On an early dictionary with contemporary Mandarin pronunciation.
When the protestant minister Justus Heurnius (1587-1651/2) arrived in Batavia in 1624, he immediately noticed how important the Chinese community was there, and he reported this to the Board of the Dutch East India Company. During the following years, with the assistance of a Chinese schoolteacher who had learned Latin in Macao, he compiled a small Dutch-Latin-Chinese dictionary. This dictionary shows, in three vertical columns, the Dutch word with Latin translation, the translation in Chinese characters, and the contemporary Mandarin pronunciation.
In 1629 Heurnius sent three copies of the dictionary to Leiden. He hoped that later scholars would profit from it as soon as China was opened for trade. Two copies were intended for Leiden University and ended up in the hands of the Arabist and mathematician Jacobus Golius; after his death all his books were auctioned, and these copies are now in the British Library in London and the Bodleian Library in Oxford. The third copy remained in the Netherlands and is shown here (Acad. 224). It is shorter because the Latin text is omitted. Heurnius had sent this copy as a present to his brother Otto, who was professor of medicine in Leiden, just like their father.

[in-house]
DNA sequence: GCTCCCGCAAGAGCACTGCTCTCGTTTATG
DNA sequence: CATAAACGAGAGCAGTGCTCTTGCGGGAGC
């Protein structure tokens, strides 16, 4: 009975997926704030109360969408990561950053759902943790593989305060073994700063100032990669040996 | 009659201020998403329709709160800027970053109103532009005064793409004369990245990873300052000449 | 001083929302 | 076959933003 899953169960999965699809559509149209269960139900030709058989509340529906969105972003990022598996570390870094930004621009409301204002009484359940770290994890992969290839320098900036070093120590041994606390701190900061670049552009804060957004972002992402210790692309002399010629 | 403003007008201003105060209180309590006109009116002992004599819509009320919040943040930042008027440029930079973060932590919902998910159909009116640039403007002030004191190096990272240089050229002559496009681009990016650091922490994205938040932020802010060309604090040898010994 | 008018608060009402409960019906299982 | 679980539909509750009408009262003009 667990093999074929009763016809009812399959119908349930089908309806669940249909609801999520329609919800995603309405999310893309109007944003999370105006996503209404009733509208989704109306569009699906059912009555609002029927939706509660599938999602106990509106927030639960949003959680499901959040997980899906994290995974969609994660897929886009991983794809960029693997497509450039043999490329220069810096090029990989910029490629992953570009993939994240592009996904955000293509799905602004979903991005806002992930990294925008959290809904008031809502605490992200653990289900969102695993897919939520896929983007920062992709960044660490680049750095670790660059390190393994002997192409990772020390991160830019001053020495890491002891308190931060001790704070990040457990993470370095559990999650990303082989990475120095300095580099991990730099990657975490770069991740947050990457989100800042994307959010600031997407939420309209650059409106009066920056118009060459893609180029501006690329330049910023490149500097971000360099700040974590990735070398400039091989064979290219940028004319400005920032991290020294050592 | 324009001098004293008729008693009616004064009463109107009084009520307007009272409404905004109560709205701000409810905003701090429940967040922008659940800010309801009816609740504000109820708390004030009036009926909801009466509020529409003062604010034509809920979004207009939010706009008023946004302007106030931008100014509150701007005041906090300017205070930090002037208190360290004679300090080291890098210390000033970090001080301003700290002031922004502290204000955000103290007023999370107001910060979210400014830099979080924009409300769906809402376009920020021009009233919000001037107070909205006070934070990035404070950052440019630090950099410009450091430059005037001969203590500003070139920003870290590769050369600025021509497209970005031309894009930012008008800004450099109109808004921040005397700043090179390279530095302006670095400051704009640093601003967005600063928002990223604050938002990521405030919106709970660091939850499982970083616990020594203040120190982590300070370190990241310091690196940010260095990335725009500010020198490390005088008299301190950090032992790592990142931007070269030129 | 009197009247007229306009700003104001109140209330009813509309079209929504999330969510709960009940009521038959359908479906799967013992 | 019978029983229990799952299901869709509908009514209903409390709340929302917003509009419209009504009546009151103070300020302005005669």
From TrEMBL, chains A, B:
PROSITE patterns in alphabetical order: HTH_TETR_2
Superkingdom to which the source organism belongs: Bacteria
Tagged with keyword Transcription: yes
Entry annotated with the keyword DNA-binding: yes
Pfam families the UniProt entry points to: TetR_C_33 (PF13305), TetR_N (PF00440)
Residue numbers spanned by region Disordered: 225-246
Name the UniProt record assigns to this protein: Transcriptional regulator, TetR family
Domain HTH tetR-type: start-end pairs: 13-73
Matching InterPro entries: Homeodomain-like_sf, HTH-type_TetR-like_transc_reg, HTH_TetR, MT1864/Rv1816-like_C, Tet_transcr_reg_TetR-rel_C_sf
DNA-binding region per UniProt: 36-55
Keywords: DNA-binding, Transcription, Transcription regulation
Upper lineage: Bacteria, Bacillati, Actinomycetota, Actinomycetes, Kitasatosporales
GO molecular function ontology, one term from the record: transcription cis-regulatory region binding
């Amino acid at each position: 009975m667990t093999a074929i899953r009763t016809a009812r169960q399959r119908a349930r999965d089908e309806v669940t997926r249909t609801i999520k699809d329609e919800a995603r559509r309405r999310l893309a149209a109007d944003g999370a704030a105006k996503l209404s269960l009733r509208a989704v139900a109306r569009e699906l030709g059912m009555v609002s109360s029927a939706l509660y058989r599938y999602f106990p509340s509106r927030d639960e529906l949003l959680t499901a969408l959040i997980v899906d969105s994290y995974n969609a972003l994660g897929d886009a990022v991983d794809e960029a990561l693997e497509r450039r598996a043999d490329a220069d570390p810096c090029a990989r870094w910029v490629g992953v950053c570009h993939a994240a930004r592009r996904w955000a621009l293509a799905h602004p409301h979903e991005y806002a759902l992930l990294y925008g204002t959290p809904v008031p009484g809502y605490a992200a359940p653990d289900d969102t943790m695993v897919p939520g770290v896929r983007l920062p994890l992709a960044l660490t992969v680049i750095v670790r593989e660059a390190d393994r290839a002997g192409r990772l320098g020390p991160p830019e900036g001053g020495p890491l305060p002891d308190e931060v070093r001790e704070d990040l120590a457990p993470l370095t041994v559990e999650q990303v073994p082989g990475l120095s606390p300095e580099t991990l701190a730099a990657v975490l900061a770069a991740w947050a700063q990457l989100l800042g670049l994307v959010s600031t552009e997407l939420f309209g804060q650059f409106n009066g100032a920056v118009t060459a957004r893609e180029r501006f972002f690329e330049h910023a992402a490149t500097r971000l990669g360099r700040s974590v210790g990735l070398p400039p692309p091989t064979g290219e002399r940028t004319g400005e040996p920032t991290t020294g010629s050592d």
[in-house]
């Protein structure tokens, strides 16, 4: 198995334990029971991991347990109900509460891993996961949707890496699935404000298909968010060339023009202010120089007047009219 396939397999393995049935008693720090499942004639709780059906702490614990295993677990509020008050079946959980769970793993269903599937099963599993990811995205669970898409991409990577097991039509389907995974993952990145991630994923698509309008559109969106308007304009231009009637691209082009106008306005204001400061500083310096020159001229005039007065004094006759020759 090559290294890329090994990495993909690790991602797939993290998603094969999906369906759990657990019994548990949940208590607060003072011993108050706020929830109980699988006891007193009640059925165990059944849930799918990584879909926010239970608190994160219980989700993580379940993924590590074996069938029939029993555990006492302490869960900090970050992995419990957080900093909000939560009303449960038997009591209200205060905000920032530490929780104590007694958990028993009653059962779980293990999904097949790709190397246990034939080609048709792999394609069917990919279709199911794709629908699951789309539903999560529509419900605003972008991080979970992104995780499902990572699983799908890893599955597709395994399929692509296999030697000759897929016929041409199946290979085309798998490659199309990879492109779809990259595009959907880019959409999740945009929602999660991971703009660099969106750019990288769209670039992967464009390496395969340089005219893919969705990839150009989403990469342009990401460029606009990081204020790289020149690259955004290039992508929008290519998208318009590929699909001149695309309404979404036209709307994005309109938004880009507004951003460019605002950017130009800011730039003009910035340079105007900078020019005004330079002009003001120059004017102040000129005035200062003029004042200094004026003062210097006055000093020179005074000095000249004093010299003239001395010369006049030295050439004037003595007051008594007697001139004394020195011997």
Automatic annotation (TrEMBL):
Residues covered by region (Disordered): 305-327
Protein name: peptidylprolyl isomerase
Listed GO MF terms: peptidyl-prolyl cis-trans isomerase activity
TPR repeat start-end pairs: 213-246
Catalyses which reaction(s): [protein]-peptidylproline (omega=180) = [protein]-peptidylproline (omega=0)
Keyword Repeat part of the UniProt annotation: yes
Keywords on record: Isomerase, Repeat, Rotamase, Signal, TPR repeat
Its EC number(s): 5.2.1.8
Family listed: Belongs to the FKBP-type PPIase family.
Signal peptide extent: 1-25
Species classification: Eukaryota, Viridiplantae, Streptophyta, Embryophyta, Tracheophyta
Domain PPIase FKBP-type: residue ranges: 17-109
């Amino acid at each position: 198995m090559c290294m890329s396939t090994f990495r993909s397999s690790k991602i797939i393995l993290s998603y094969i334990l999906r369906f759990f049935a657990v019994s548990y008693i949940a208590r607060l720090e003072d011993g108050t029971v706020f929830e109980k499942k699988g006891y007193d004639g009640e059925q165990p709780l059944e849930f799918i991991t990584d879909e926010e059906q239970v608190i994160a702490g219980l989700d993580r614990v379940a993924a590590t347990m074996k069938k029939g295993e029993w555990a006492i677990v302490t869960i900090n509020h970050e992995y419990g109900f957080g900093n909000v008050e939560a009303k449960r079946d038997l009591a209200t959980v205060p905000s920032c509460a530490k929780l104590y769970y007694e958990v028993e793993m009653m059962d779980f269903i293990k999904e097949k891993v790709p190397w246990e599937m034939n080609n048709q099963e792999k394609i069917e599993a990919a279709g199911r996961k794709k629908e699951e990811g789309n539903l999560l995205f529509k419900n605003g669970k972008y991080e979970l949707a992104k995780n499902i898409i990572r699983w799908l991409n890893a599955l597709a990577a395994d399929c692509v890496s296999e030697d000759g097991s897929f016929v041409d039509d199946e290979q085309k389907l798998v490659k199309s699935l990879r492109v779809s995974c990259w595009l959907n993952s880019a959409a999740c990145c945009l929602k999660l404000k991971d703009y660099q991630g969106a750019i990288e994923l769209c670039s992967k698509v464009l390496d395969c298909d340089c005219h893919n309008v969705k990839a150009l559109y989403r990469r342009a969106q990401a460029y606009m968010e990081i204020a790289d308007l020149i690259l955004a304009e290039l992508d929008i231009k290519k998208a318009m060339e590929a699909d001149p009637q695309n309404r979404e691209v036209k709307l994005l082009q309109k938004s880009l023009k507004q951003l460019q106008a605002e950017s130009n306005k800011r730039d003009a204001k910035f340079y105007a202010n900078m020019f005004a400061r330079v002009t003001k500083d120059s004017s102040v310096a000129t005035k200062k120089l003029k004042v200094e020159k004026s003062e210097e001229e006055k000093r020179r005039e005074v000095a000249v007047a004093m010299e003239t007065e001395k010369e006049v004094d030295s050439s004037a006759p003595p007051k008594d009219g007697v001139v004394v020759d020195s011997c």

Heurnius must have communicated in Latin (or perhaps also in Portuguese) with the Macao schoolteacher, and he clearly knew little Chinese. Owing to the double translation (Dutch-Latin-Chinese) some strange mistakes occur in the dictionary. For instance, “boeck” (book) is translated as “to decide for oneself, to have no master,” because the Latin word for “book,” liber, can also mean “free.”
Post by Koos Kuiper, former curator of Leiden University Libraries.